The unique feature here is that the roof’s curve is achieved by building the rafters out of 1″ material. 1 × 12s laminated together (I believe 4 of them) to achieve the simplest of laminated trusses. The barn is 24′ wide, 32′ long, 26′ to the ridge. Thanks to Mackenzie Strawn for measuring it; he also wrote: “I have a carpentry manual from the 1930’s with a short section on the Gothic arch barns, they suggest making the roof radius ¾ of the width.”

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Ziggy and April's Timber Frame and Straw Bale Home in Missouri

…After ten days of the Straw Bale Workshop (and yet more punishing heat), we built the walls of our new home, installed all the windows and doors, and began the natural clay and lime plaster finishes on the walls.

Amazingly, we were able to live in the house by winter of that same year. Granted the house was not complete, but we had a dry, warm place to rest in before the next year’s work started. A year or so later the house was completed.

Building our straw bale house challenged us in many unexpected ways. Just as we had taken a bare piece of ground and utterly transformed it, the straw bale house itself changed us in ways we could never imagine…

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Lodge in Allegany Mountains in New York

Log home built by Bill Castle near Belmont in the Allegany Mountains, New York. Bill, a good friend, who unfortunately left this earth a few years back, was a phenomenal builder. He created a resort he called Pollywog Hollér and was one of the three featured builders in our book Homework.

The resort is still going strong. Here’s what it says on their website:

“Named for the serenade of frogs that fills the evening air, Pollywogg Holler is a great camp-style eco-resort in New York’s Southern Tier. The genius of nature and man are showcased in a setting of spectacular beauty, Adirondack-style craftsmanship, solar electricity, and gravity fed spring water. Explore available lodging and book your stay now.”

www.pollywoggholler.com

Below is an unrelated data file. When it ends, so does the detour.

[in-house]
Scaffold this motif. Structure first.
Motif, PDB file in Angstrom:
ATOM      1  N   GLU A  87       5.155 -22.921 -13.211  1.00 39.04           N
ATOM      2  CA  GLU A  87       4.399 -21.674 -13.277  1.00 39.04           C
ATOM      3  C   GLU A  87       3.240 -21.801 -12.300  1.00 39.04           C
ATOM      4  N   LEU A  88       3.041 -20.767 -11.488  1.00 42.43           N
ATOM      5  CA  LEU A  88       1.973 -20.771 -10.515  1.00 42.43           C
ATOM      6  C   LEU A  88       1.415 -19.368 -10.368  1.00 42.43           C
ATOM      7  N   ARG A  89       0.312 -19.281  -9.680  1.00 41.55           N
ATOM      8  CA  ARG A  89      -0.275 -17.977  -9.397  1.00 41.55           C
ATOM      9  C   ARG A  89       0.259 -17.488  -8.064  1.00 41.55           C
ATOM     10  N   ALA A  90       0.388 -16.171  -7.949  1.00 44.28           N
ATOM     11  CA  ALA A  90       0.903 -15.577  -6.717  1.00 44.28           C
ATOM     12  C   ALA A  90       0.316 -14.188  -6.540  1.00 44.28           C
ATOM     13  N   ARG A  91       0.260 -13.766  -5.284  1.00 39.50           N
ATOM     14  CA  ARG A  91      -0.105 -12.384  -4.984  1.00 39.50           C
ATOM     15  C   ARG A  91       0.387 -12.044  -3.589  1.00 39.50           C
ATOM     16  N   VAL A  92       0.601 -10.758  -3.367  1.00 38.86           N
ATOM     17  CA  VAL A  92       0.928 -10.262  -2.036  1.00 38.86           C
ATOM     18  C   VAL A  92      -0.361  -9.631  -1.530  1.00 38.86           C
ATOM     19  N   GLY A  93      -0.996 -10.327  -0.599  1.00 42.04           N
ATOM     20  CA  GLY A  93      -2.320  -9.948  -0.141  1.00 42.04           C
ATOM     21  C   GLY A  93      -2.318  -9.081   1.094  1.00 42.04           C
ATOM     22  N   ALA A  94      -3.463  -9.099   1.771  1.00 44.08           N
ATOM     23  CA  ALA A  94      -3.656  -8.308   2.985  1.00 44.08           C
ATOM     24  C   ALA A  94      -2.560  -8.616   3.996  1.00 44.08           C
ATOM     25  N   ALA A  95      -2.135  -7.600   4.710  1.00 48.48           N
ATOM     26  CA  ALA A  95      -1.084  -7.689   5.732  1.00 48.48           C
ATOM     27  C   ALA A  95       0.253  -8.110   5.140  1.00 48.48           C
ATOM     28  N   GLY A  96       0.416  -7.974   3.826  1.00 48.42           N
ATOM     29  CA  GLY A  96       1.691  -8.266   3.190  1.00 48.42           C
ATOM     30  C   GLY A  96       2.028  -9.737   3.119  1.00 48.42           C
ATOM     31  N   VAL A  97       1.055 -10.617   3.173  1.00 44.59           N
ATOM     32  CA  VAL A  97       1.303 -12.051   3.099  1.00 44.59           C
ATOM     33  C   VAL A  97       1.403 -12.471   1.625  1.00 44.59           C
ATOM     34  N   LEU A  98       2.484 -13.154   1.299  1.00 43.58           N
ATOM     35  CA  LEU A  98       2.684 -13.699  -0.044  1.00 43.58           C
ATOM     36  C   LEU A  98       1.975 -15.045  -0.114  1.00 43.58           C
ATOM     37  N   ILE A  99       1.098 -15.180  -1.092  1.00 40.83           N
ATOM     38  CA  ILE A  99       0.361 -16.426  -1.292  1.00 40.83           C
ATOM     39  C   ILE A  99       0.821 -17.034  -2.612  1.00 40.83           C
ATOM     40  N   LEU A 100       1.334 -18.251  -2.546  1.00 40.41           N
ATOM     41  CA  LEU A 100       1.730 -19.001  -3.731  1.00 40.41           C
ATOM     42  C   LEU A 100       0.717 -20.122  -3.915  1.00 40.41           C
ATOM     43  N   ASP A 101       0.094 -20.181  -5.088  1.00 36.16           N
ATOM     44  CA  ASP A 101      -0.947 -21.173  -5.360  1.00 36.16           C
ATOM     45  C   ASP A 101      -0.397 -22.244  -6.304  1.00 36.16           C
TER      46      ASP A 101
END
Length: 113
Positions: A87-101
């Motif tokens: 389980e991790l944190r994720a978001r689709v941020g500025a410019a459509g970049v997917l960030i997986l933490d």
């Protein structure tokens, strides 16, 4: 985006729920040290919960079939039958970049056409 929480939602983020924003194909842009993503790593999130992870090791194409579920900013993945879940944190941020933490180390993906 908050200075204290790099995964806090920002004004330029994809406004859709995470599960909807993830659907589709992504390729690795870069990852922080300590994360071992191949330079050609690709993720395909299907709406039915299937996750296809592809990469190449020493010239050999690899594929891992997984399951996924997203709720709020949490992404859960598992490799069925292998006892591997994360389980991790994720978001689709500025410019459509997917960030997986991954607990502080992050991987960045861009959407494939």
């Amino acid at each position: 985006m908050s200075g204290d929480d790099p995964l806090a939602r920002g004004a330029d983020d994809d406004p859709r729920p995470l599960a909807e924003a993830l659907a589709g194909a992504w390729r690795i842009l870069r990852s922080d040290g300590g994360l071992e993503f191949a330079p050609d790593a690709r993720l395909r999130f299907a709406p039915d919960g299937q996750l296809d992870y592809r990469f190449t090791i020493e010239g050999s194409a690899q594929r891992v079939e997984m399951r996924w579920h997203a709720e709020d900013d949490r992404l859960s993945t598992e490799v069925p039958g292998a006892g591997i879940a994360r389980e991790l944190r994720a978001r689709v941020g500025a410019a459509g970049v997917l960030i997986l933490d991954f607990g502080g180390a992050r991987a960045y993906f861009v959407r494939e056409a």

Post from www.lloydkahn.com

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Surfers Hotel in Puerto Viejo, Costa Rica

Shelter Publications had a visit from Steve Pezman, the co-creator and recently-retired editor of Surfer’s Journal, and his long-time surfing buddy, photographer Leo Hetzel. Steve interviewed @lloyd.kahn and Leo shot photos for an article in the magazine. This was the cover of a scrapbook Lloyd made of a surfing trip to Costa Rica in 1990. It shows Kurt Van Dyke on the balcony of his hotel for surfers in Puerto Viejo, on the Caribbean coast southeast of Puerto Limón. When he saw Lloyd about to take a picture, Kurt said, “Classic, eh?”

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Houseboat Island Living



Mark has lived a very unique life, sailing and traveling around the world working as a professional mime and clown. Now, in his retirement he is living the island lifestyle on an incredible off-the-grid houseboat where he is able to enjoy life and spend his days looking out over the ocean.

Mark’s houseboat is a member of a houseboat community which is made up of 8 floating homes which are situated on an island off the coast of New Zealand. This community is made up of a variety of beautiful, small, off-grid, tiny houseboats, all with their unique and individual charms. The community has existed in this area since the 70’s.

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Margaret's Cabin Built by Jan Janzen

This little cabin was built almost entirely from a cedar tree that had been lying nearby. Framing, flooring, shakes. Maybe that’s what makes the building so harmonious. Jan had told me this and, as I was climbing around inside and out shooting photos, I had a vision of a tree, a solid chunk of wood, cut up rearranged, and expanded to make this cozy place…